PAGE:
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Police Use of Surveillance Stingrays Requires a Warrant

It is unconstitutional for police to use Stingrays without a warrant. And yet, it happens more often than is ever discovered.

Last week, the Florida Court of Appeals ruled that any evidence obtained through the use of a Stingray device without a warrant is inadmissible, even if police used admissible technology to come up with almost the same information. This ruling should not have come as a surprise -- it is consistent with almost every court ruling of a Stingray device. But police still keep using them, often without warrants, hoping to get away with an unlawful search and seizure.

Sheriff's deputies and police officers have long been a presence in schools, in case things get out of hand. Recently, school administrators and resource officers have taken things a bit further, conducting so-called "scared straight" programs under which misbehaving students are exposed to jails or prisons as an effort to convince them to change their ways.

Beyond being ineffective and often backfiring, such tactics can be illegal or unconstitutional. Such was the case when a San Bernardino County sheriff's deputy arrested seven middle school girls for being uncooperative during a bullying investigation to "prove a point" and "make (them) mature a lot faster."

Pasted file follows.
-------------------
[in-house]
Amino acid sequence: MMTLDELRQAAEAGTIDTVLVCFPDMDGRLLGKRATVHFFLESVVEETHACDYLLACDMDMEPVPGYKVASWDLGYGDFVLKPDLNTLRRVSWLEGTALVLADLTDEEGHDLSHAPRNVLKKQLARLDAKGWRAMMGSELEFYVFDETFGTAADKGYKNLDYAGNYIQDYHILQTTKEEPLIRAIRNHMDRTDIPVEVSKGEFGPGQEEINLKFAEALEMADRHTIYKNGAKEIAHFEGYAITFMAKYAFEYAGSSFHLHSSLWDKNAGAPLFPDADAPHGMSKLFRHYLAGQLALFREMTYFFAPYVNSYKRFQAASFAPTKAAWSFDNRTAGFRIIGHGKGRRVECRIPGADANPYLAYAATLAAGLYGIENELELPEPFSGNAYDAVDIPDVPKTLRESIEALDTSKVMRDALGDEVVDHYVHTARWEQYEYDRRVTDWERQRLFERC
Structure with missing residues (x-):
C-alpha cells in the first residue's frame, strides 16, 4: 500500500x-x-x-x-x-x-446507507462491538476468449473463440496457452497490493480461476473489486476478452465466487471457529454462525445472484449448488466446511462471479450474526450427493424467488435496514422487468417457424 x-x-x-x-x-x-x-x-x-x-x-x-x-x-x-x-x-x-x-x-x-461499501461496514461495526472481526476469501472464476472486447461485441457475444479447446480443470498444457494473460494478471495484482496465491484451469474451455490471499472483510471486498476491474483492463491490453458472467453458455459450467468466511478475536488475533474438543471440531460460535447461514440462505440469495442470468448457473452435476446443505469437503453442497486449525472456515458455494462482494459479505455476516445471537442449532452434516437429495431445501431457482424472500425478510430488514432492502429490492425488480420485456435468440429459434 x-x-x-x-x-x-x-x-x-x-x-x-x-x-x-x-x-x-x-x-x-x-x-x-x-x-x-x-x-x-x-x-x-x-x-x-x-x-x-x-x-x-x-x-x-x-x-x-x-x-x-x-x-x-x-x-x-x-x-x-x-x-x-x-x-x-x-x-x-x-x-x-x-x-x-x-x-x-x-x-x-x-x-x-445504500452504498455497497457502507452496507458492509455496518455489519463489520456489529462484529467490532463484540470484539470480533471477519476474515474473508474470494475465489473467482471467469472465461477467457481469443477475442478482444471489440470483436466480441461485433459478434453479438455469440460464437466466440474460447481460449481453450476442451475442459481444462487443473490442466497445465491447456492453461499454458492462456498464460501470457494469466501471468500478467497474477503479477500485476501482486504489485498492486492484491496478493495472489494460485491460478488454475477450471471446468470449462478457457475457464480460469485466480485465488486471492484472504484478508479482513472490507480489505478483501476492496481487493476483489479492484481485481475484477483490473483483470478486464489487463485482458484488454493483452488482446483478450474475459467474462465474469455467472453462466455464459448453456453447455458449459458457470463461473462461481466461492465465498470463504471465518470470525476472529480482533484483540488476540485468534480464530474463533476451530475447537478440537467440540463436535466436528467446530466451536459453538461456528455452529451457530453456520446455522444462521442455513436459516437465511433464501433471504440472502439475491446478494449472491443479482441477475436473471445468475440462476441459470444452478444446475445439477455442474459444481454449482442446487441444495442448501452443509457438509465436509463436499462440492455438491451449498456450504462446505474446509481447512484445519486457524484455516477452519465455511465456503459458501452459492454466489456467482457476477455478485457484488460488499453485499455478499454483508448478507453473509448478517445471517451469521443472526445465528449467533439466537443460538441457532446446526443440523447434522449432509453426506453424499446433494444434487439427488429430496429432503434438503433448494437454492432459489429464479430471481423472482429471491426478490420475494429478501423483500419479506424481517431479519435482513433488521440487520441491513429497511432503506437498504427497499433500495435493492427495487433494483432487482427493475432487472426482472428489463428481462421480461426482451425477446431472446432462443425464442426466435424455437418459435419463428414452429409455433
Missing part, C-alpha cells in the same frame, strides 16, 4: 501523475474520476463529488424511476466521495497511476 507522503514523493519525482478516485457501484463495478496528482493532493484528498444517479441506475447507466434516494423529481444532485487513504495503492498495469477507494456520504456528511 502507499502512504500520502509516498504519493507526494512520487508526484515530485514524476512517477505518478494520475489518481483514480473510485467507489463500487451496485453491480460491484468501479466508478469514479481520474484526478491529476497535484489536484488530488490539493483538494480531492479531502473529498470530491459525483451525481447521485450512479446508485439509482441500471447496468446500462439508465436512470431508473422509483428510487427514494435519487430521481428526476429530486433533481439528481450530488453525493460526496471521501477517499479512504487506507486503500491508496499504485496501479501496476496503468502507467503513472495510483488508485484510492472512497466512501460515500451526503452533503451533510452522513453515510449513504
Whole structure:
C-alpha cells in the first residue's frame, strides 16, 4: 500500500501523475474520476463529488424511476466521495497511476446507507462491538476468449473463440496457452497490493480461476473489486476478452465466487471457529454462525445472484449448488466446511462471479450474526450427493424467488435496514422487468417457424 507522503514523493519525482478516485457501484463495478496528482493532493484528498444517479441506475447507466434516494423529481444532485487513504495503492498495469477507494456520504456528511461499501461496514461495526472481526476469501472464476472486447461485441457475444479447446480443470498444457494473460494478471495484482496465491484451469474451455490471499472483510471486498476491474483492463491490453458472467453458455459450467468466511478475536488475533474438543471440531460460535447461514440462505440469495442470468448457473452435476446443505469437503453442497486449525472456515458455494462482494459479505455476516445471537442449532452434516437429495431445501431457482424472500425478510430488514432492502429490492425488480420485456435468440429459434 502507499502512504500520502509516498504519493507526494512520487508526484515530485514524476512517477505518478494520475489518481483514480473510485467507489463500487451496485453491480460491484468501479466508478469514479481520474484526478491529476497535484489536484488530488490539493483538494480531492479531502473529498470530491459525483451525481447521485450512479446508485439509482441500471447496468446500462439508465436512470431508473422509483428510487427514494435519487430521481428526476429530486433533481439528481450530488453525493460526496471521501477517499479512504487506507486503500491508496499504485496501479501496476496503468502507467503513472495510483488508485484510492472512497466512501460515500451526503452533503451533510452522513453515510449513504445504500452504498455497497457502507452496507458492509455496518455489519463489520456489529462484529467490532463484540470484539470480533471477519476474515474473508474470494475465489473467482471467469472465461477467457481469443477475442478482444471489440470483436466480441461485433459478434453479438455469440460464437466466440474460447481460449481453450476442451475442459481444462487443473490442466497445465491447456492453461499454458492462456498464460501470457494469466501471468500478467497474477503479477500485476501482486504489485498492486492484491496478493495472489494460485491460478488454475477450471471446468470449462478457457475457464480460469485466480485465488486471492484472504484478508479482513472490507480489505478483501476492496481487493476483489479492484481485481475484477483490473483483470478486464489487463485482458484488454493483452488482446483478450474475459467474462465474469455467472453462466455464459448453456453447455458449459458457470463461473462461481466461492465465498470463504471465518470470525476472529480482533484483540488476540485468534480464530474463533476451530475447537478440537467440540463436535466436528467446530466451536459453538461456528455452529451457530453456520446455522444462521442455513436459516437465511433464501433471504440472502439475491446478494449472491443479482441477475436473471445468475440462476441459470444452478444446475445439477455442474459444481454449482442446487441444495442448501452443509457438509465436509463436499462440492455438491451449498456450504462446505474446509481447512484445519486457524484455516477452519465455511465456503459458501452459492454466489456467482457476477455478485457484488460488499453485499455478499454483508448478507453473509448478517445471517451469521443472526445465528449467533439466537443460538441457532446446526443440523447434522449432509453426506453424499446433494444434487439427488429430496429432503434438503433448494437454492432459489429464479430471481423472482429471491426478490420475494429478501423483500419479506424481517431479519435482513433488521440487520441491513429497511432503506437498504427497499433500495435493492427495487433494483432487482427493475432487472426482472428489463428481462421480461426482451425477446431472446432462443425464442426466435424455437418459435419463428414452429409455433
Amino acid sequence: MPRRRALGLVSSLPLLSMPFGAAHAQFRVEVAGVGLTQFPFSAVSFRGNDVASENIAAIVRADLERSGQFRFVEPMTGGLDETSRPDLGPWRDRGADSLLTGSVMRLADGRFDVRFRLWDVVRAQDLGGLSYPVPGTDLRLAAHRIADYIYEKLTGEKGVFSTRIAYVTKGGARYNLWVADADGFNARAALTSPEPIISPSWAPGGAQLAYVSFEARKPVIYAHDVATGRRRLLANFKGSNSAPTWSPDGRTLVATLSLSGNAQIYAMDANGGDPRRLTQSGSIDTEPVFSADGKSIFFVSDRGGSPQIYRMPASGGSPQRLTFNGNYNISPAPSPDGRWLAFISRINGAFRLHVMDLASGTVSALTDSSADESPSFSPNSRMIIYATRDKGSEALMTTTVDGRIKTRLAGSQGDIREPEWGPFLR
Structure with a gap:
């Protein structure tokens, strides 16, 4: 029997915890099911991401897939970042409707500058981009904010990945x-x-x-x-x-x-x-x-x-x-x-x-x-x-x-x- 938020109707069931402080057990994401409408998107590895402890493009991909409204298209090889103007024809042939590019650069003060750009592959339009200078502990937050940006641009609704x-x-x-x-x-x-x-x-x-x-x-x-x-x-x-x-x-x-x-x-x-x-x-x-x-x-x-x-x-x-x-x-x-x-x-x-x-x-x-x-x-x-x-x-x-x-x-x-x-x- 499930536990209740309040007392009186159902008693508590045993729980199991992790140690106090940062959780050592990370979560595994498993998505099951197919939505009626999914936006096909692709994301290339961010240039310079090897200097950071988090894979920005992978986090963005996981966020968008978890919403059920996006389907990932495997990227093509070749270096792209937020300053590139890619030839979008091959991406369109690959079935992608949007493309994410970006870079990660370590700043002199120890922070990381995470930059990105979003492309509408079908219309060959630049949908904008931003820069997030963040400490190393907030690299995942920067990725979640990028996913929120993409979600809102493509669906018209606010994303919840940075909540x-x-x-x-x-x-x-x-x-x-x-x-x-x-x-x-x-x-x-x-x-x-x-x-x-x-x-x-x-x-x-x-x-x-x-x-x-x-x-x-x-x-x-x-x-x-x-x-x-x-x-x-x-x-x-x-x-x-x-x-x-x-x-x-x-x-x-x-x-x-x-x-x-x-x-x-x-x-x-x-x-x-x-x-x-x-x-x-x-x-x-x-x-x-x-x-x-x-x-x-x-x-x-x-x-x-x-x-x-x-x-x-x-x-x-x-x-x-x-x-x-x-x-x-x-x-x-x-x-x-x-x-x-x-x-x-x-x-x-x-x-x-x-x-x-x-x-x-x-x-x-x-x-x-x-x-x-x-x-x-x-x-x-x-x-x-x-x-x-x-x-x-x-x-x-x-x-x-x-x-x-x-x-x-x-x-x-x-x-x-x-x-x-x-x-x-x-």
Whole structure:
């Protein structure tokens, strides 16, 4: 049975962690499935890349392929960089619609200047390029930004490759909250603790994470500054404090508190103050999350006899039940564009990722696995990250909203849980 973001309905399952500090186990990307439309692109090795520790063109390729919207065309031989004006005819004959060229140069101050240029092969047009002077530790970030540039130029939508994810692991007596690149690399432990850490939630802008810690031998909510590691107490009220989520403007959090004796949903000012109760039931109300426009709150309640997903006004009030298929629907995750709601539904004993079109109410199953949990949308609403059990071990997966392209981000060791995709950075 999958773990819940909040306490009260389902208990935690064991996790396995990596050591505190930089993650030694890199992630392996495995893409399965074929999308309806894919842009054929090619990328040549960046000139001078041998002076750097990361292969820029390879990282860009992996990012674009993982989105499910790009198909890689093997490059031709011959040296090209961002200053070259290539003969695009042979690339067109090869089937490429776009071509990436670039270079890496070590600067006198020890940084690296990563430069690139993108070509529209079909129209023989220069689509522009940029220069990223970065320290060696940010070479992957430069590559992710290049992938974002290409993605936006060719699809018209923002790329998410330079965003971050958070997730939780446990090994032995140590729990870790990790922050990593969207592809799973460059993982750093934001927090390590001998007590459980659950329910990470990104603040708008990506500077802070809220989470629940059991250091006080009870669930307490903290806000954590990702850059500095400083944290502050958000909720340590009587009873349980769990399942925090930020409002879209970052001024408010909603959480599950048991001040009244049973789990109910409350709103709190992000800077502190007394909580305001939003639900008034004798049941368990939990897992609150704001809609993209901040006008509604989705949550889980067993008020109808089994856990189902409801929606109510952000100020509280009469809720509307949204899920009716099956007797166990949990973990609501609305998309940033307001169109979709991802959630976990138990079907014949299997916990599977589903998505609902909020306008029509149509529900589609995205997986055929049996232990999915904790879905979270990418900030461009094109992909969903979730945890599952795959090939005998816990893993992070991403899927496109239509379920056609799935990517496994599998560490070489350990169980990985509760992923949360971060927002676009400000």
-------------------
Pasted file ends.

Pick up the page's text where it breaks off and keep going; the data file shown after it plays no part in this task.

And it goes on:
The constant push and pull between privacy interests and law enforcement continues to play out in the products and services coming from the world's largest tech company. At the same time that Apple is working to make its iPhones more difficult for cops to unlock, the tech giant is also trying to make access to user data easier for law enforcement personnel.

According to a letter to Senator Sheldon Whitehouse, Apple will be unveiling a new portal for law enforcement to submit and track requests for user data related to investigations, along with training programs on accessing and deciphering digital evidence. The feature is expected to go live later this year.